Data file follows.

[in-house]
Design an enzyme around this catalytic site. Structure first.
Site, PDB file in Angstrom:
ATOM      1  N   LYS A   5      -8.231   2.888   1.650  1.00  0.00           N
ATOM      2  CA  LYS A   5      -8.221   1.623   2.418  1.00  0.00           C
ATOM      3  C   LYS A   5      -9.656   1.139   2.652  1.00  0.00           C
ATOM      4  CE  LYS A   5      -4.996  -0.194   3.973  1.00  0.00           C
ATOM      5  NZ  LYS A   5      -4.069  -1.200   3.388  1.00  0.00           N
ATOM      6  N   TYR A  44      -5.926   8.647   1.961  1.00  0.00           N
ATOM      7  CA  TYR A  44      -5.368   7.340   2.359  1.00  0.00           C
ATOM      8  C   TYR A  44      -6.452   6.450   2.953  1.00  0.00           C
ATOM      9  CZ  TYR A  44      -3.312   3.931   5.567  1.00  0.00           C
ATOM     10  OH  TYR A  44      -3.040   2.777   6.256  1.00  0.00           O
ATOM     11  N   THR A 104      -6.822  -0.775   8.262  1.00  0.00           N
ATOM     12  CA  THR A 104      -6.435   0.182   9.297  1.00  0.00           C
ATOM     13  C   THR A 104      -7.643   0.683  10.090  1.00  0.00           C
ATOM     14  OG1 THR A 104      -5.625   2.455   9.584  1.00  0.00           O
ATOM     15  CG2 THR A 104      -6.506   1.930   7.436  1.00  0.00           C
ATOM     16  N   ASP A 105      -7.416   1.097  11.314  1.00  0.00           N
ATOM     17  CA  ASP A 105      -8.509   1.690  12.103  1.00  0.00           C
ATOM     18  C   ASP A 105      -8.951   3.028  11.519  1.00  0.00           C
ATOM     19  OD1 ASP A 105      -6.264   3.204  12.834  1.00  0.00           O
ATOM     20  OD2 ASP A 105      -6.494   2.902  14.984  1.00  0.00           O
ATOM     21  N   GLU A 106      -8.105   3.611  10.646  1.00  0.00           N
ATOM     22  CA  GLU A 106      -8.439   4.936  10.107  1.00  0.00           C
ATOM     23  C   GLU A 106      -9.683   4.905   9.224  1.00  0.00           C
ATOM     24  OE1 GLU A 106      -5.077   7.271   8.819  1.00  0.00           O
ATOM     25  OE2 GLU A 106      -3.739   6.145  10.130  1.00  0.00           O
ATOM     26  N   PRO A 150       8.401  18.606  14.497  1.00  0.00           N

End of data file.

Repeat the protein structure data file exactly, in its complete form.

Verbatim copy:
[in-house]
Design an enzyme around this catalytic site. Structure first.
Site, PDB file in Angstrom:
ATOM      1  N   LYS A   5      -8.231   2.888   1.650  1.00  0.00           N
ATOM      2  CA  LYS A   5      -8.221   1.623   2.418  1.00  0.00           C
ATOM      3  C   LYS A   5      -9.656   1.139   2.652  1.00  0.00           C
ATOM      4  CE  LYS A   5      -4.996  -0.194   3.973  1.00  0.00           C
ATOM      5  NZ  LYS A   5      -4.069  -1.200   3.388  1.00  0.00           N
ATOM      6  N   TYR A  44      -5.926   8.647   1.961  1.00  0.00           N
ATOM      7  CA  TYR A  44      -5.368   7.340   2.359  1.00  0.00           C
ATOM      8  C   TYR A  44      -6.452   6.450   2.953  1.00  0.00           C
ATOM      9  CZ  TYR A  44      -3.312   3.931   5.567  1.00  0.00           C
ATOM     10  OH  TYR A  44      -3.040   2.777   6.256  1.00  0.00           O
ATOM     11  N   THR A 104      -6.822  -0.775   8.262  1.00  0.00           N
ATOM     12  CA  THR A 104      -6.435   0.182   9.297  1.00  0.00           C
ATOM     13  C   THR A 104      -7.643   0.683  10.090  1.00  0.00           C
ATOM     14  OG1 THR A 104      -5.625   2.455   9.584  1.00  0.00           O
ATOM     15  CG2 THR A 104      -6.506   1.930   7.436  1.00  0.00           C
ATOM     16  N   ASP A 105      -7.416   1.097  11.314  1.00  0.00           N
ATOM     17  CA  ASP A 105      -8.509   1.690  12.103  1.00  0.00           C
ATOM     18  C   ASP A 105      -8.951   3.028  11.519  1.00  0.00           C
ATOM     19  OD1 ASP A 105      -6.264   3.204  12.834  1.00  0.00           O
ATOM     20  OD2 ASP A 105      -6.494   2.902  14.984  1.00  0.00           O
ATOM     21  N   GLU A 106      -8.105   3.611  10.646  1.00  0.00           N
ATOM     22  CA  GLU A 106      -8.439   4.936  10.107  1.00  0.00           C
ATOM     23  C   GLU A 106      -9.683   4.905   9.224  1.00  0.00           C
ATOM     24  OE1 GLU A 106      -5.077   7.271   8.819  1.00  0.00           O
ATOM     25  OE2 GLU A 106      -3.739   6.145  10.130  1.00  0.00           O
ATOM     26  N   PRO A 150       8.401  18.606  14.497  1.00  0.00           N